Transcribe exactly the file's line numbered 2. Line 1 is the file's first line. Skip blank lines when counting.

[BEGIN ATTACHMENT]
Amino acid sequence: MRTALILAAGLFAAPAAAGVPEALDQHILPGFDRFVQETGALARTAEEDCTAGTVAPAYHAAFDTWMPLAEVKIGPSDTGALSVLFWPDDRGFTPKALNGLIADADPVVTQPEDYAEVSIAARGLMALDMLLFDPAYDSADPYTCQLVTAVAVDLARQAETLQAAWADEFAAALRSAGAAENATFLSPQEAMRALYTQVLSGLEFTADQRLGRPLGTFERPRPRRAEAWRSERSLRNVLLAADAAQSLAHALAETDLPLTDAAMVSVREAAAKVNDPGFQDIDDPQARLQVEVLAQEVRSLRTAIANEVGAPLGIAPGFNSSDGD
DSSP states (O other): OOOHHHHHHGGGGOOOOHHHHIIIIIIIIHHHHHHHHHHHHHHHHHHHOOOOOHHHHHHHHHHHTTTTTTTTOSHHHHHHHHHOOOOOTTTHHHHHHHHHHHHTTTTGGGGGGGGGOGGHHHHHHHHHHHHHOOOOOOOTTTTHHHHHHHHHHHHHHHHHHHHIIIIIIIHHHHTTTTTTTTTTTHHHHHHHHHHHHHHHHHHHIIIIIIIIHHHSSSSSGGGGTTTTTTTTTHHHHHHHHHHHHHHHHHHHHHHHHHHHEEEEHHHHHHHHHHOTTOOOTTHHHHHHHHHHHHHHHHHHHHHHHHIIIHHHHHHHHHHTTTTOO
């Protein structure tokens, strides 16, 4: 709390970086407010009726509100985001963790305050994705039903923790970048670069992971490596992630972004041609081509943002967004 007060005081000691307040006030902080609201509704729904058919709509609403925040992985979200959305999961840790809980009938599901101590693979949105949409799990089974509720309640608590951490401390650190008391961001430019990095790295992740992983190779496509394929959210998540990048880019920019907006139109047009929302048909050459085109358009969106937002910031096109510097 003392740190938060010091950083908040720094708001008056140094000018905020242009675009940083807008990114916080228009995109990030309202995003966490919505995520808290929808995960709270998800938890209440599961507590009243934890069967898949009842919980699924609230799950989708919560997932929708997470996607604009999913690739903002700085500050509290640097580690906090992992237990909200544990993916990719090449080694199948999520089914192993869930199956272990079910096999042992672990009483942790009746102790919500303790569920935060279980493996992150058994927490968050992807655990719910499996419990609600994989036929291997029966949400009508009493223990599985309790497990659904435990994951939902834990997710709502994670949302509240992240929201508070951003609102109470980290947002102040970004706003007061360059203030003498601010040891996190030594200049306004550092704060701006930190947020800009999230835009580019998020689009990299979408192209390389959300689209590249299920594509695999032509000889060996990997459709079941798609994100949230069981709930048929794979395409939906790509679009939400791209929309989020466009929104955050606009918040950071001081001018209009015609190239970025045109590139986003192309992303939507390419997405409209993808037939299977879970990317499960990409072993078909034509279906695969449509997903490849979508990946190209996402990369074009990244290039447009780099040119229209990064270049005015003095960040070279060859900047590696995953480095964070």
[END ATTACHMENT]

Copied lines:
DSSP states (O other): OOOHHHHHHGGGGOOOOHHHHIIIIIIIIHHHHHHHHHHHHHHHHHHHOOOOOHHHHHHHHHHHTTTTTTTTOSHHHHHHHHHOOOOOTTTHHHHHHHHHHHHTTTTGGGGGGGGGOGGHHHHHHHHHHHHHOOOOOOOTTTTHHHHHHHHHHHHHHHHHHHHIIIIIIIHHHHTTTTTTTTTTTHHHHHHHHHHHHHHHHHHHIIIIIIIIHHHSSSSSGGGGTTTTTTTTTHHHHHHHHHHHHHHHHHHHHHHHHHHHEEEEHHHHHHHHHHOTTOOOTTHHHHHHHHHHHHHHHHHHHHHHHHIIIHHHHHHHHHHTTTTOO